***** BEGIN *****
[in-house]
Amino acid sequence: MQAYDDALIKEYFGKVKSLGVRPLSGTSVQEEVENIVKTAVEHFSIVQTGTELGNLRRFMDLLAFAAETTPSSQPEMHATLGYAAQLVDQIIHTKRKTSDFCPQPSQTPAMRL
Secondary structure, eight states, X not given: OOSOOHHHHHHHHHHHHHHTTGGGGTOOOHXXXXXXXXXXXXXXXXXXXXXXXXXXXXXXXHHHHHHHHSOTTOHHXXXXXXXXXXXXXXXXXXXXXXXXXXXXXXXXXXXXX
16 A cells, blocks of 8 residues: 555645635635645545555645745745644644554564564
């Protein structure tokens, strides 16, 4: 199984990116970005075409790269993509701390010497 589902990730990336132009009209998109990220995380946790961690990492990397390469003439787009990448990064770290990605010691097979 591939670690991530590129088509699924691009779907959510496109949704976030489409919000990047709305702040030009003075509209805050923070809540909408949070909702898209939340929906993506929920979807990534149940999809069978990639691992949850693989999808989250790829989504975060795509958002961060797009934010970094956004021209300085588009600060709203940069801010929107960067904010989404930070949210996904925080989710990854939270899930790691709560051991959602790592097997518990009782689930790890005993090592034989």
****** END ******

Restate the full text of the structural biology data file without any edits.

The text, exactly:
[in-house]
Amino acid sequence: MQAYDDALIKEYFGKVKSLGVRPLSGTSVQEEVENIVKTAVEHFSIVQTGTELGNLRRFMDLLAFAAETTPSSQPEMHATLGYAAQLVDQIIHTKRKTSDFCPQPSQTPAMRL
Secondary structure, eight states, X not given: OOSOOHHHHHHHHHHHHHHTTGGGGTOOOHXXXXXXXXXXXXXXXXXXXXXXXXXXXXXXXHHHHHHHHSOTTOHHXXXXXXXXXXXXXXXXXXXXXXXXXXXXXXXXXXXXX
16 A cells, blocks of 8 residues: 555645635635645545555645745745644644554564564
């Protein structure tokens, strides 16, 4: 199984990116970005075409790269993509701390010497 589902990730990336132009009209998109990220995380946790961690990492990397390469003439787009990448990064770290990605010691097979 591939670690991530590129088509699924691009779907959510496109949704976030489409919000990047709305702040030009003075509209805050923070809540909408949070909702898209939340929906993506929920979807990534149940999809069978990639691992949850693989999808989250790829989504975060795509958002961060797009934010970094956004021209300085588009600060709203940069801010929107960067904010989404930070949210996904925080989710990854939270899930790691709560051991959602790592097997518990009782689930790890005993090592034989």